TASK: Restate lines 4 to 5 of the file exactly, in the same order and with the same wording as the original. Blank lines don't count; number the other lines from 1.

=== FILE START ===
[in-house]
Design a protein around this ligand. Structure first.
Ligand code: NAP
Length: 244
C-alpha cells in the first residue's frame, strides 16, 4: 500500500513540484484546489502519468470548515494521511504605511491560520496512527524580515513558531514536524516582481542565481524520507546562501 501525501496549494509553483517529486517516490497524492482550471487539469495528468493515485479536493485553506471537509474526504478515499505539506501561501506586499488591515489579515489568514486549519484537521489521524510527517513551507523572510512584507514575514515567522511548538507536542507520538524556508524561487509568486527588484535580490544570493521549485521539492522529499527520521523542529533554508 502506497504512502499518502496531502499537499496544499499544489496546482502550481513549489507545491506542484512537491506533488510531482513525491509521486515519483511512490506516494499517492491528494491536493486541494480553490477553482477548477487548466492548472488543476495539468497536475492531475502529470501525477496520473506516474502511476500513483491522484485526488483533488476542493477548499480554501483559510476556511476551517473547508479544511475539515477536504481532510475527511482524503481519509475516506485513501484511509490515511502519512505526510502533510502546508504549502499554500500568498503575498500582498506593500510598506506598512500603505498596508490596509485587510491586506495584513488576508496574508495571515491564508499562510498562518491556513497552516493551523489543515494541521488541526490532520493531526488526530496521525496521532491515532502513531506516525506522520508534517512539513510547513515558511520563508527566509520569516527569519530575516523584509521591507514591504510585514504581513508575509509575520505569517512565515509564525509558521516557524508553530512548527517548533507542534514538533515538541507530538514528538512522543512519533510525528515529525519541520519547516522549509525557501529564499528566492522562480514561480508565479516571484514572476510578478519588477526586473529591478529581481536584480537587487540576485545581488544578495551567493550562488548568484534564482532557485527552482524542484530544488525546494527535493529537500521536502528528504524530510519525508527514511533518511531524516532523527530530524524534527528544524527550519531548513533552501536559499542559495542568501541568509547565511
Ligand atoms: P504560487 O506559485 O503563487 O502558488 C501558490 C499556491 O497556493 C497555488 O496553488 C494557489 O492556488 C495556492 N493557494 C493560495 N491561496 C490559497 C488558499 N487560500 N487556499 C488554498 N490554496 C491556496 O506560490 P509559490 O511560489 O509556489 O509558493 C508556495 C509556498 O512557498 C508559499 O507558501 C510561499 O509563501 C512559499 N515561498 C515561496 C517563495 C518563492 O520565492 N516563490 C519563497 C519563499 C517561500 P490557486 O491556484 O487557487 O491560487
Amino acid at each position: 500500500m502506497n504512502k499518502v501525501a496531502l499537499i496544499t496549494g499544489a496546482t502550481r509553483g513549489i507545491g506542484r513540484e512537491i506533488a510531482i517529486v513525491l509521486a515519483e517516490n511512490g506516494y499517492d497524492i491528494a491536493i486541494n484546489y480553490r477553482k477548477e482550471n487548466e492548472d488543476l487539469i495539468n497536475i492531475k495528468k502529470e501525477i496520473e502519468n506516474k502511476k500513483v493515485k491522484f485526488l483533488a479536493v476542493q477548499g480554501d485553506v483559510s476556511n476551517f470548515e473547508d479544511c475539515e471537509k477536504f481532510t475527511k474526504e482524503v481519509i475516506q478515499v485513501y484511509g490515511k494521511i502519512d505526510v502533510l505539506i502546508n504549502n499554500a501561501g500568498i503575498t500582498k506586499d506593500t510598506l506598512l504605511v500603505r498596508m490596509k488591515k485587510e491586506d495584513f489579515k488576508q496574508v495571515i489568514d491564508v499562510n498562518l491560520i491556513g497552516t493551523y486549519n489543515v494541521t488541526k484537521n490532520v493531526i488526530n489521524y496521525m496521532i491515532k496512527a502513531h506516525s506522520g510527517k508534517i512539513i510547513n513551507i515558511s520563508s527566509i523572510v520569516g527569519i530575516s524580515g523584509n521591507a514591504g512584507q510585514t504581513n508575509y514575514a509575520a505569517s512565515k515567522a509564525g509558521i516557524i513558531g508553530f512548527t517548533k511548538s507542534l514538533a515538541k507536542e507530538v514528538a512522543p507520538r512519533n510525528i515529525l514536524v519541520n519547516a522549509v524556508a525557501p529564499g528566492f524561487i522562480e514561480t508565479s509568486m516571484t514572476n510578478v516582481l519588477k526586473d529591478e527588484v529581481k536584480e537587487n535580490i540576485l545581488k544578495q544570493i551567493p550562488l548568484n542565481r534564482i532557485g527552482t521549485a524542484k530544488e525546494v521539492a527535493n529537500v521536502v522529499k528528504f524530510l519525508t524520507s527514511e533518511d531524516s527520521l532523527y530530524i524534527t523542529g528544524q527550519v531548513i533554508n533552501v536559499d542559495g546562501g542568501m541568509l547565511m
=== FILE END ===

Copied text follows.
Length: 244
C-alpha cells in the first residue's frame, strides 16, 4: 500500500513540484484546489502519468470548515494521511504605511491560520496512527524580515513558531514536524516582481542565481524520507546562501 501525501496549494509553483517529486517516490497524492482550471487539469495528468493515485479536493485553506471537509474526504478515499505539506501561501506586499488591515489579515489568514486549519484537521489521524510527517513551507523572510512584507514575514515567522511548538507536542507520538524556508524561487509568486527588484535580490544570493521549485521539492522529499527520521523542529533554508 502506497504512502499518502496531502499537499496544499499544489496546482502550481513549489507545491506542484512537491506533488510531482513525491509521486515519483511512490506516494499517492491528494491536493486541494480553490477553482477548477487548466492548472488543476495539468497536475492531475502529470501525477496520473506516474502511476500513483491522484485526488483533488476542493477548499480554501483559510476556511476551517473547508479544511475539515477536504481532510475527511482524503481519509475516506485513501484511509490515511502519512505526510502533510502546508504549502499554500500568498503575498500582498506593500510598506506598512500603505498596508490596509485587510491586506495584513488576508496574508495571515491564508499562510498562518491556513497552516493551523489543515494541521488541526490532520493531526488526530496521525496521532491515532502513531506516525506522520508534517512539513510547513515558511520563508527566509520569516527569519530575516523584509521591507514591504510585514504581513508575509509575520505569517512565515509564525509558521516557524508553530512548527517548533507542534514538533515538541507530538514528538512522543512519533510525528515529525519541520519547516522549509525557501529564499528566492522562480514561480508565479516571484514572476510578478519588477526586473529591478529581481536584480537587487540576485545581488544578495551567493550562488548568484534564482532557485527552482524542484530544488525546494527535493529537500521536502528528504524530510519525508527514511533518511531524516532523527530530524524534527528544524527550519531548513533552501536559499542559495542568501541568509547565511